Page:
2021 Volume 62 Issue 2 Pages 139-148
The research and development of metallic biomaterials and their future prospects are overviewed. Approximately 80% of implant devices and 95% of orthopedic devices are still made of metal, and metallic materials therefore continue to play an important role in medical treatment. Current research efforts in metallic biomaterials can be summarized into the following categories: the elucidation of interfacial reactions between metals and tissues (including evaluations of safety and corrosion resistance); the development of new surface treatment techniques (including the control of surface morphology); the development of new alloys; and the development of new manufacturing processes. Interfacial reactions between metals and living tissues are discussed from the viewpoints of biocompatibility and biofunction, corrosion resistance, and calcium phosphate formation on the surface oxide film. The transitions taking place in the surface treatments for osteogenesis, soft tissue adhesion, antibacterial property, and antithrombotic property are summarized, followed by a discussion of their future prospects. In addition, the concept of a dual-functional surface is explained. A review is done of zirconium alloys that decrease magnetic resonance imaging (MRI) artifacts, Ni-free austenitic stainless steel, high-pressure torsion and sliding processing, and additive manufacturing. Finally, the future of biomaterials research is considered.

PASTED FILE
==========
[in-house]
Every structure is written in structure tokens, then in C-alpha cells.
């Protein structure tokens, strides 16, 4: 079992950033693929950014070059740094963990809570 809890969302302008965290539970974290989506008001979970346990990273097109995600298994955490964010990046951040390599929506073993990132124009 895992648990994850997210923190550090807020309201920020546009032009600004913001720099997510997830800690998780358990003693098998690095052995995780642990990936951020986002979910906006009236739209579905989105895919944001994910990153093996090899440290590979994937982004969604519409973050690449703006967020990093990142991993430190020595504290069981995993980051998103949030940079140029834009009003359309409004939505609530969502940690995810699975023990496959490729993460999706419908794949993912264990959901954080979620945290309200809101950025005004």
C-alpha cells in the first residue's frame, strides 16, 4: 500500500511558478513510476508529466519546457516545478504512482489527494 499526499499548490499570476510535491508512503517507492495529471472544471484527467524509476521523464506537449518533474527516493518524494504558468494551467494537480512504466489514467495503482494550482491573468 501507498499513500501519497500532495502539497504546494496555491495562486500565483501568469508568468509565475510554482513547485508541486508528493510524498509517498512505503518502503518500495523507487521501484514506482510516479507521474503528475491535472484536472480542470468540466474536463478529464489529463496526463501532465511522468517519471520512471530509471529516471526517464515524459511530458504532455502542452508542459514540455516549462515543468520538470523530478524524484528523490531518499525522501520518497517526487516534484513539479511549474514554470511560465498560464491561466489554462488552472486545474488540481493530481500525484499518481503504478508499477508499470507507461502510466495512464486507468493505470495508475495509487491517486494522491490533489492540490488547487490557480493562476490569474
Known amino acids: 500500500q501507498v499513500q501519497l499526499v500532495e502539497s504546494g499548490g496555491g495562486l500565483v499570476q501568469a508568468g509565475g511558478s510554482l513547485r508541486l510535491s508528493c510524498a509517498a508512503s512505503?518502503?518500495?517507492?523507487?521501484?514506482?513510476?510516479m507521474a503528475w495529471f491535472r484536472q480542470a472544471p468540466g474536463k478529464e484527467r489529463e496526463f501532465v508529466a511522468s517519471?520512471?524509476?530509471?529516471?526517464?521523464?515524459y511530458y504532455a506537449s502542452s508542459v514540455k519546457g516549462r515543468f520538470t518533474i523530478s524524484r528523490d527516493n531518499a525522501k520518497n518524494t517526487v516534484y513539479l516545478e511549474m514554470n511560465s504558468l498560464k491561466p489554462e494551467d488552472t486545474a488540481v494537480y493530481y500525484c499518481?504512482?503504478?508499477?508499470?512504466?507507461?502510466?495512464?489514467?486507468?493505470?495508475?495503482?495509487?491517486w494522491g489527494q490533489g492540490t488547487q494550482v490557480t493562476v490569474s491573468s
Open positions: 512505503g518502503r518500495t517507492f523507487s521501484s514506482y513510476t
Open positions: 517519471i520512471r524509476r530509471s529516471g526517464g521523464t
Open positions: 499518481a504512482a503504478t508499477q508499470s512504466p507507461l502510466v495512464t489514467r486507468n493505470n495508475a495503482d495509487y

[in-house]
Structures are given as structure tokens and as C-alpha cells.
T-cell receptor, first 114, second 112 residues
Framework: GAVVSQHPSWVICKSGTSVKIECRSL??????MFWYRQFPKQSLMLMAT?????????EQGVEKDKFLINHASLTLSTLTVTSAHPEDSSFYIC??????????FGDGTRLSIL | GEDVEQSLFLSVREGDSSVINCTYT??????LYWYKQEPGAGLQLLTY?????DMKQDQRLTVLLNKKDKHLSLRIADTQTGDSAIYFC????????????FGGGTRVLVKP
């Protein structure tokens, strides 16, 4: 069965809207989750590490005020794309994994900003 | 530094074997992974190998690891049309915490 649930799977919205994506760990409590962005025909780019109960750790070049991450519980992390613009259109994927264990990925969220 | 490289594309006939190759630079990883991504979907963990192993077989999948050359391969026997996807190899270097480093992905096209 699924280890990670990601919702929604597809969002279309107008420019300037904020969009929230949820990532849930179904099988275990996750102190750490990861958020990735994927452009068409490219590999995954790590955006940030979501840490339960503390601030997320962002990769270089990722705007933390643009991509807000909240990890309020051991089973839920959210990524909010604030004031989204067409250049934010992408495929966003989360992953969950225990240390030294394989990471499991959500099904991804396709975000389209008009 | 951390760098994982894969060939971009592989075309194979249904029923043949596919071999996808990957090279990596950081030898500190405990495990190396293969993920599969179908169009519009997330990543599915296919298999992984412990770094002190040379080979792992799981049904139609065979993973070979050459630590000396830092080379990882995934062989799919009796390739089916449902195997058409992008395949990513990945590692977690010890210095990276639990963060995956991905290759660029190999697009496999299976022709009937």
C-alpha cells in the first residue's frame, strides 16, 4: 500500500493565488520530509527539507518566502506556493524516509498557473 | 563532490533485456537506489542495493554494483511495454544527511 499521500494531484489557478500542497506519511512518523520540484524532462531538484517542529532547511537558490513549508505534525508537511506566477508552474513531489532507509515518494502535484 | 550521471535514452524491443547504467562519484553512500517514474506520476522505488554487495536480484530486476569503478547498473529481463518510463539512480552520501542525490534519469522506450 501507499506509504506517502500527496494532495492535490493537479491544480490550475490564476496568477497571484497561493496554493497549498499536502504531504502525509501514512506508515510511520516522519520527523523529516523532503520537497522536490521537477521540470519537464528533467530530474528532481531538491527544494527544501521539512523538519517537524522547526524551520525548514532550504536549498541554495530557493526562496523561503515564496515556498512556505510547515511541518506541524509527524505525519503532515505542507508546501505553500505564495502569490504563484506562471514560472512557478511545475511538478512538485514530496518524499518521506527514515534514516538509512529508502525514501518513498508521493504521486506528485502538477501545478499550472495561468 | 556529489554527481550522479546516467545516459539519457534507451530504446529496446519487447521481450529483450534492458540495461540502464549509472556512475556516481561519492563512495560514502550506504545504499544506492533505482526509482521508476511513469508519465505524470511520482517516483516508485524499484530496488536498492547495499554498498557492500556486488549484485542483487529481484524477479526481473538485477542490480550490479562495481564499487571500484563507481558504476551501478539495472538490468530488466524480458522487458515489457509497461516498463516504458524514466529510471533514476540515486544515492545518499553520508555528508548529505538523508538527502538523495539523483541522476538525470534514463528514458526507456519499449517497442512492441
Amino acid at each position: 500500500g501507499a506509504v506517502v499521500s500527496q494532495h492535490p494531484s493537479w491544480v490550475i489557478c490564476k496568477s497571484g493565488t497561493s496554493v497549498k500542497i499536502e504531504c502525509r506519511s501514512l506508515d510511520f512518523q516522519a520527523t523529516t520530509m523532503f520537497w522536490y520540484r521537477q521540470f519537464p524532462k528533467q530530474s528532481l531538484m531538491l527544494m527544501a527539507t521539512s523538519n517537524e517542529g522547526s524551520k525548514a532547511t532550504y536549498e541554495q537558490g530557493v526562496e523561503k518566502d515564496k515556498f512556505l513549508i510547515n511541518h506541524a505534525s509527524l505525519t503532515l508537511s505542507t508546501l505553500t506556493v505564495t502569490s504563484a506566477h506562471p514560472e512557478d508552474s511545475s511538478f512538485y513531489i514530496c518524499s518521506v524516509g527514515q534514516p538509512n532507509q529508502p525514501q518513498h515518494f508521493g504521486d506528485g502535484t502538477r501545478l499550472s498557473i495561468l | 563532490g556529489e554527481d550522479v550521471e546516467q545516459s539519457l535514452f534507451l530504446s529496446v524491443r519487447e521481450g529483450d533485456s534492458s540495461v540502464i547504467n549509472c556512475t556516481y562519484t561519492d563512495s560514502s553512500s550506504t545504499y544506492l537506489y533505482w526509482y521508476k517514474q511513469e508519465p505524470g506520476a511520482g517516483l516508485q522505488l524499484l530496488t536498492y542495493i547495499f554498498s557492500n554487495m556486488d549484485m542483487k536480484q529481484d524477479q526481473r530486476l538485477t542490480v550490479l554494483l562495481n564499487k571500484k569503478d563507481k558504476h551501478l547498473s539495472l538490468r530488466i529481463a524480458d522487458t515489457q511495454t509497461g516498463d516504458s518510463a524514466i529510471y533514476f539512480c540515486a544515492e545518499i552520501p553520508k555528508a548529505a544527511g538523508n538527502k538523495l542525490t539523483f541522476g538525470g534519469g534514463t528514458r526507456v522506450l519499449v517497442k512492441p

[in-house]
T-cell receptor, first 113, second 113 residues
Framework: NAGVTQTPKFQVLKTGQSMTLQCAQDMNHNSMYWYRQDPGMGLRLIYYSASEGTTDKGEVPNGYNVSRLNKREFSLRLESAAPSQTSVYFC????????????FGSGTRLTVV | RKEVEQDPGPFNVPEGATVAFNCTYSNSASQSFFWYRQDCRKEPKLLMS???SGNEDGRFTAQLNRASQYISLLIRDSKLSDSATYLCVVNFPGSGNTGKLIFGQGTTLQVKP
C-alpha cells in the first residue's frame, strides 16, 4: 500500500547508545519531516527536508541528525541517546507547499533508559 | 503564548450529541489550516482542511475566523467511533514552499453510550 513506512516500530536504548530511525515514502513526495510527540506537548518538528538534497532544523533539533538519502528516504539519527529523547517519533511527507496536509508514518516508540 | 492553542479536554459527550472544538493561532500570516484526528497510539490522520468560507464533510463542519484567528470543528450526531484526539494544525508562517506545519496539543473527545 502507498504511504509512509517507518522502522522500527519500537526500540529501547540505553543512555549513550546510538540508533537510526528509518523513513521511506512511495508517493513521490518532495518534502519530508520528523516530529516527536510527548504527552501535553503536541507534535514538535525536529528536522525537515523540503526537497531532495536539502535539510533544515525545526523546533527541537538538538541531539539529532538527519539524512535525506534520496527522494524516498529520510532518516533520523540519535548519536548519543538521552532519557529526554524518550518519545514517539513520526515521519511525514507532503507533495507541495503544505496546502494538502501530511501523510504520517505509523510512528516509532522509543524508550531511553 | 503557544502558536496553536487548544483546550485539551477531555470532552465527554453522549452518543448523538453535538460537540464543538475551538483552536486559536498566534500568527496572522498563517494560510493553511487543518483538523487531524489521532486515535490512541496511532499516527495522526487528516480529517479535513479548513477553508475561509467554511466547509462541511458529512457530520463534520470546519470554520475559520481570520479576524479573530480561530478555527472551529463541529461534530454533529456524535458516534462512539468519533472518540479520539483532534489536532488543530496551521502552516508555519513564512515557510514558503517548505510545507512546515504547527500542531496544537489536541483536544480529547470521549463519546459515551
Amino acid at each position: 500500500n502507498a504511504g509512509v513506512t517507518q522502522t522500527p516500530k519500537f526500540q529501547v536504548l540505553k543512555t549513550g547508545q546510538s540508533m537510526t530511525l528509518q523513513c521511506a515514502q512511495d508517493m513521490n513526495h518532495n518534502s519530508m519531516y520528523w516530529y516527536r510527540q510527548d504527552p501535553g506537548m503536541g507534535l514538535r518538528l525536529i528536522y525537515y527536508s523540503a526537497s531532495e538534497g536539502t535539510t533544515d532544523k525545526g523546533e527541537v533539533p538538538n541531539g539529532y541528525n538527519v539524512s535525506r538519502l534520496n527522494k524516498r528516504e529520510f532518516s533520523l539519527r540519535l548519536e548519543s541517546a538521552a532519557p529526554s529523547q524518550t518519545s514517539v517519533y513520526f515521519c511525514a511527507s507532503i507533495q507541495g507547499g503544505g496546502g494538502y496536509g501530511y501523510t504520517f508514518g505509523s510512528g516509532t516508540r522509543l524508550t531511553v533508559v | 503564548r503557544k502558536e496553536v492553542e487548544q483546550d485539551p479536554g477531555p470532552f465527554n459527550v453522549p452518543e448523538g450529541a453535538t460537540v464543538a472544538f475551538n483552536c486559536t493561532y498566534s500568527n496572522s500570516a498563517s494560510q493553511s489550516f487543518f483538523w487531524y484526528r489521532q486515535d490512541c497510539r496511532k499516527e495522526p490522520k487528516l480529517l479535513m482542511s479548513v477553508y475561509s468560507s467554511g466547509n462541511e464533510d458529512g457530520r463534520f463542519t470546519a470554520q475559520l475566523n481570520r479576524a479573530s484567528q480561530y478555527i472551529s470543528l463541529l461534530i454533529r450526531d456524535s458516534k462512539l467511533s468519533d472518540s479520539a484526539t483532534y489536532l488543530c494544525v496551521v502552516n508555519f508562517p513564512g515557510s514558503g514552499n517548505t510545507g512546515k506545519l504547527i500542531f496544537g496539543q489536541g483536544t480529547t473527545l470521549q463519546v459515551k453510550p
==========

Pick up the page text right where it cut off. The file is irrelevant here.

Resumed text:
This Paper was Originally Published in Japanese in Materia Japan 59 (2020) 252–259.